Lots of businesses consciously, happily and successfully outsource their reputation management to external PR agencies. That is not the subject of this post.
But a company’s words, easily written and effortlessly spoken, can become a major threat to its reputation. Words can be dangerous because they constitute promises and create expectations. Unfulfilled expectations damage customers’ confidence in the business that created them in the first place and undermine its reputation.
With a few notable exceptions, businesses typically emphasise customer service among their top strategic priorities. Often, however, customer service is seen as a cost of failure, the price of getting it wrong in the first place. When viewed in this light, customer service becomes an unnecessary cost to be minimised.
The drive to minimise cost gave birth to the global outsourcing industry. The logic of outsourcing is irrefutable. Give those aspects of service delivery to a third party organisation that can do them better or cheaper than you can do yourself. On a good day, maybe they’ll deliver both better and cheaper.
But eventually, the economics get bumptious and then aggressive. “I need it 10% cheaper than last year,” he demands. The outsourcing provider eventually agrees and that’s when corners get cut, attention gets lost, care gets cast aside and quality falls away.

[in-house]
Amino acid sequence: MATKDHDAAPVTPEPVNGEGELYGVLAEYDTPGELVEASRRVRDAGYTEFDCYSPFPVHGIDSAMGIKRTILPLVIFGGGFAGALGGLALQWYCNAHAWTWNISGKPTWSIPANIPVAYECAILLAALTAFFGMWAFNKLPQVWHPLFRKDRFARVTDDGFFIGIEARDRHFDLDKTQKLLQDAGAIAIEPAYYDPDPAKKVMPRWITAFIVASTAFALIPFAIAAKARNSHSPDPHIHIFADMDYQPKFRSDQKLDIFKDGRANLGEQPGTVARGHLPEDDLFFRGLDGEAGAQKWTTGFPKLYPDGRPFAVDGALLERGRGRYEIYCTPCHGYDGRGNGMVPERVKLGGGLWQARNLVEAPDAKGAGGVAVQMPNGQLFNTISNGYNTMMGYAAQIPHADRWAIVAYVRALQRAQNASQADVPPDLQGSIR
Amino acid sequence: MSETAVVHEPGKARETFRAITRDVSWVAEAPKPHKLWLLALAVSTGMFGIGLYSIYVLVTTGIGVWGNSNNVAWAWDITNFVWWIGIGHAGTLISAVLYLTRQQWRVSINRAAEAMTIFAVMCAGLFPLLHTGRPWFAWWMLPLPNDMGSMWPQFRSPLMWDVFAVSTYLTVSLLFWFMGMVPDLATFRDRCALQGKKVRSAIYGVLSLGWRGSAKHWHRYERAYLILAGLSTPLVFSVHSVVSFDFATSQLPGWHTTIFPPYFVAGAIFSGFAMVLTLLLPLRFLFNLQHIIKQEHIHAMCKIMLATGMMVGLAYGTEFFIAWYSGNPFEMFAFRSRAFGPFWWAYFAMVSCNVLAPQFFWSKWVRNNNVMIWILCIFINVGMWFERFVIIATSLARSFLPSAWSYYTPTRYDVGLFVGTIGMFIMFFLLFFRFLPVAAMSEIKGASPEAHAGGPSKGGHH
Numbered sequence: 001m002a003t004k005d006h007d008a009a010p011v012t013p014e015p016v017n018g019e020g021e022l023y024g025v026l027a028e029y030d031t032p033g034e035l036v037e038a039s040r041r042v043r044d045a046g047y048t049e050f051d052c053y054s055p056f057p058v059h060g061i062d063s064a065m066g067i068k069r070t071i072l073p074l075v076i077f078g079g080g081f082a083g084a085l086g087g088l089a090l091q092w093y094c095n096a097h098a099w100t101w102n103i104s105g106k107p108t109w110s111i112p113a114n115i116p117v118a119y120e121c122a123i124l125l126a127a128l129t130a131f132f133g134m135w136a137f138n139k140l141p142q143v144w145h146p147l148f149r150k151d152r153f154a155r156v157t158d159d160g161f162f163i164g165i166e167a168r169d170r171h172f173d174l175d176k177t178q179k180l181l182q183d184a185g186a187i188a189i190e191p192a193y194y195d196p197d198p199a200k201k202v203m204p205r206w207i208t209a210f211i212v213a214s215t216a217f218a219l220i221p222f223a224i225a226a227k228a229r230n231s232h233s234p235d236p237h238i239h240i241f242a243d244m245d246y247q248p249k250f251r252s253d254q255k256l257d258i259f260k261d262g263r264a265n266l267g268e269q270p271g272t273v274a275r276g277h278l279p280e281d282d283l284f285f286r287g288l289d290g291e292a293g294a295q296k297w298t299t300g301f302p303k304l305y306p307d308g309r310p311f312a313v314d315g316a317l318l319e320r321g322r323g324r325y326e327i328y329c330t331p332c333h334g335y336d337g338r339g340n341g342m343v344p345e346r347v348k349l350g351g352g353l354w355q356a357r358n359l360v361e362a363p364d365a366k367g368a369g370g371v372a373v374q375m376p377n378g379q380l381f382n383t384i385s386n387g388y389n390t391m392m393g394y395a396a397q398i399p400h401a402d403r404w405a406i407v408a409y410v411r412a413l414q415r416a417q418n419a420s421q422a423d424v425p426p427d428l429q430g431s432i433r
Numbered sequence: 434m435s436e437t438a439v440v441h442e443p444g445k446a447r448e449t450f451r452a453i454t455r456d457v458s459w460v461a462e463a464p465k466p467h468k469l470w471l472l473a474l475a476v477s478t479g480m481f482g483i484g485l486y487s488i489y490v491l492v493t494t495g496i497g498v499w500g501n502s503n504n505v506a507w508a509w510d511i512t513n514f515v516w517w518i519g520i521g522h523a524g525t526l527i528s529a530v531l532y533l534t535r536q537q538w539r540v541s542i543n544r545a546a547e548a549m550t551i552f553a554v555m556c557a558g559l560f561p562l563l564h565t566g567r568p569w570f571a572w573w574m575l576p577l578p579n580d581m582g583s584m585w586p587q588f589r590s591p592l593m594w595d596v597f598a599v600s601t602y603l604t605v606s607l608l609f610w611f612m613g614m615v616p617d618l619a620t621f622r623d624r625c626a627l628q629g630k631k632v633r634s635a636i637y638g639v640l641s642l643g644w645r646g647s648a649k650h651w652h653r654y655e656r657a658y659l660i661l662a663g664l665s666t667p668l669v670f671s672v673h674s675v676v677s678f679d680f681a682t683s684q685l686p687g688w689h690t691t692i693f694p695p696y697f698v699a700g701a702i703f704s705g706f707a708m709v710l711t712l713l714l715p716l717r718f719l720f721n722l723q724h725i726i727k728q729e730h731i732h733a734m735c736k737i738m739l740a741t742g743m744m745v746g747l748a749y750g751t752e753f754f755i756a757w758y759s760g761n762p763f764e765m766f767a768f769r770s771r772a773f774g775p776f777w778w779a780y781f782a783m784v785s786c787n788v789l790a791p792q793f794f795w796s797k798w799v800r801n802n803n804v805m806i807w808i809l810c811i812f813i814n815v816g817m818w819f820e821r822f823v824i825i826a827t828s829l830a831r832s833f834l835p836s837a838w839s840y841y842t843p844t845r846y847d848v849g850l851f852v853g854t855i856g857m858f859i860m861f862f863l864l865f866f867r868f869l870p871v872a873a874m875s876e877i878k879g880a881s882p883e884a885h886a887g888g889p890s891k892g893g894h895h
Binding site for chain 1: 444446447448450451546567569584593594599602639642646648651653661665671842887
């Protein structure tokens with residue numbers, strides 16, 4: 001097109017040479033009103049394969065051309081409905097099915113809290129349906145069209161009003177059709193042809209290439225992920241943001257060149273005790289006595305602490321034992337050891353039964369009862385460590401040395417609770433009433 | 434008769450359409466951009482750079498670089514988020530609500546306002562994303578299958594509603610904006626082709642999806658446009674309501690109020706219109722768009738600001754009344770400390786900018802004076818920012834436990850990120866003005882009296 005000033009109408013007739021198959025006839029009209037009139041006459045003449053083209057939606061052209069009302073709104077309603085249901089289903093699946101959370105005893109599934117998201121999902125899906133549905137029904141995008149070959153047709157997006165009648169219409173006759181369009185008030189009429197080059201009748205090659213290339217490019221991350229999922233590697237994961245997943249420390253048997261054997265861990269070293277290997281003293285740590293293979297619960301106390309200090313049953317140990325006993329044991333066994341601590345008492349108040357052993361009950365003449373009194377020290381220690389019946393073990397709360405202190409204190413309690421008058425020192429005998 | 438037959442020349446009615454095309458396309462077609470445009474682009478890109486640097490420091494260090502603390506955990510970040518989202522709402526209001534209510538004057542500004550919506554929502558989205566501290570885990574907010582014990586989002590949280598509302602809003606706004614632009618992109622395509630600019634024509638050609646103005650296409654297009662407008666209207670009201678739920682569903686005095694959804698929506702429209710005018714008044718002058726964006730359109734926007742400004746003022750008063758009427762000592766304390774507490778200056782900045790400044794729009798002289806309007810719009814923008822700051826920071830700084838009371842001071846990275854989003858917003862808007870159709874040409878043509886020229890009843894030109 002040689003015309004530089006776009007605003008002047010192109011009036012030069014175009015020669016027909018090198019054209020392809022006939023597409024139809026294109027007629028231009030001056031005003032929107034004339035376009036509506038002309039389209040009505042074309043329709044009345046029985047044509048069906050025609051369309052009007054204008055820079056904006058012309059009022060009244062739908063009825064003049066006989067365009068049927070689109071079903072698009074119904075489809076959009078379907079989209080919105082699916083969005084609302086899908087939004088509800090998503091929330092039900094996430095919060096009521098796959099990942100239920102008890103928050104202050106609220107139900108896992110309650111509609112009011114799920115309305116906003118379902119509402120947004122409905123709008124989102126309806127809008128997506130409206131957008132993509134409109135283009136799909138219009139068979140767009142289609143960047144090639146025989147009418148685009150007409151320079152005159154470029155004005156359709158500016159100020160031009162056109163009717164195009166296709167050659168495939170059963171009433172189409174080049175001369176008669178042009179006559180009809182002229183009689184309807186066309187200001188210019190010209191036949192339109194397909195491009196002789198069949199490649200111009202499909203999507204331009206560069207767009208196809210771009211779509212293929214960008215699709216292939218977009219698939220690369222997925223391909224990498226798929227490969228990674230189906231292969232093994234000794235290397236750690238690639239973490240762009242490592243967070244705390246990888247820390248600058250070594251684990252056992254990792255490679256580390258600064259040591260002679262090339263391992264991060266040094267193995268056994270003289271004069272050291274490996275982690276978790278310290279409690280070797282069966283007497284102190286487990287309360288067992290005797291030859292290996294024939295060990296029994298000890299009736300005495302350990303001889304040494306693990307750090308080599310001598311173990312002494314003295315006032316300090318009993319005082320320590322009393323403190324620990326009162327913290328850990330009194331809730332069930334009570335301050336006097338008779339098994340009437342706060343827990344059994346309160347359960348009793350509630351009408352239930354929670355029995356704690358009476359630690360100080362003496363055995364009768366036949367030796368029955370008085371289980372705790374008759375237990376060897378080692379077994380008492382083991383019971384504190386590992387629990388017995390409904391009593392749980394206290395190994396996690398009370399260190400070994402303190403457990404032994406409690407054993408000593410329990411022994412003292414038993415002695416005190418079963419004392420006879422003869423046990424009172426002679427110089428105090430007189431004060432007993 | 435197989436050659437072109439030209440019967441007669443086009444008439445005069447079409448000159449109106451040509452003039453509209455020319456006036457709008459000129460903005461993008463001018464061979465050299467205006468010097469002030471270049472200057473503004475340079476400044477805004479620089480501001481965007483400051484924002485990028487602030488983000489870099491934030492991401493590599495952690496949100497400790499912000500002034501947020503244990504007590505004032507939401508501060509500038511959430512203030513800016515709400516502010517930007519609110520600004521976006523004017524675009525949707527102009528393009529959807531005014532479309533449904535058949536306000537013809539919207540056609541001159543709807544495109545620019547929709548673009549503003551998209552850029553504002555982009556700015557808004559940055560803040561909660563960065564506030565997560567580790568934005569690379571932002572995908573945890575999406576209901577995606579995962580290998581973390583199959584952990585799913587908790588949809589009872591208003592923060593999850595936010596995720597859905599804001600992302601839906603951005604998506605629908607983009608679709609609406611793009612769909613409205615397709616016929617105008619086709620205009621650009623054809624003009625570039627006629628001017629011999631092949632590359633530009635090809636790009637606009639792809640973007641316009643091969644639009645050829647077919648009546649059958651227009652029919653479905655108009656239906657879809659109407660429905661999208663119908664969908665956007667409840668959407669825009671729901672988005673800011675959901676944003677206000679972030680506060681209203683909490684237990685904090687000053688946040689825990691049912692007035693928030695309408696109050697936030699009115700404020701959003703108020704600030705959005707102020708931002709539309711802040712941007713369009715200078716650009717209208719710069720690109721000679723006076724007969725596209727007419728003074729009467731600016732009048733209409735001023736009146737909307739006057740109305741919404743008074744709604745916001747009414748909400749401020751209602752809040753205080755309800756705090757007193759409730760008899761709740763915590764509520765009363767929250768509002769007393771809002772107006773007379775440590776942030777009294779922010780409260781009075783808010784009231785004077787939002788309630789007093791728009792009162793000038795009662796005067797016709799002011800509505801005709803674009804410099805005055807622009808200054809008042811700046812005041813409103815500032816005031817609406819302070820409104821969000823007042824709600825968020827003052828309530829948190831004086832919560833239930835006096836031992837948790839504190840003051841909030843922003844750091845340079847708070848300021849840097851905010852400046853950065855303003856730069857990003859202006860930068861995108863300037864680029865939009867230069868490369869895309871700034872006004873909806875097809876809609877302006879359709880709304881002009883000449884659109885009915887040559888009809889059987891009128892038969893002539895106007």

As anyone who travels by train in the UK will understand, outsourcing is the perfect alternative to accountability. “Your train is cancelled because of a fault with the track. Nothing to do with me, I’m afraid. That part is done by a different company.” Or ask BP about the Gulf of Mexico Oil Spill and the roles played by both Halliburton and Transocean. Then ask yourself which brand was most damaged during and after the crisis.
Similarly, when I ordered a new cable broadband service recently, all was going swimmingly until the installation engineer came to do the work and found he’d have to carve a channel for the cable along the concrete drive. That would require power tools and more time than he had in mind so he tacked the cable, unprotected, to a railing.
He explained that he wasn’t an employee of the cable company. He worked for a sub-contractor and his instruction was to get in and out as quickly and cheaply as possible. In short, I wasn’t his customer so he didn’t care.
It’s relatively straightforward to pass operational responsibility to a third party. It’s more difficult to pass on the sense of respect and commitment that a business has to its customers, particularly if that partner is based in a low cost economy on a different continent. It’s a risk handing over the promise you’ve made to your customers – you’re outsourcing your reputation.
There are three ways I can think of to mitigate the problem.
The first is to not outsource in the first place, but that may make you uncompetitive.
The second is to be so careful with your words that you never make a promise to your customers or set an expectation with them, but that could make you unattractive.
The third is to have the comms depts. from both parties work together in a truly collaborative relationship that enables your messaging to find its way seamlessly into the hearts and minds of your partners’ employees. This is a route many have tried but where few have truly succeeded.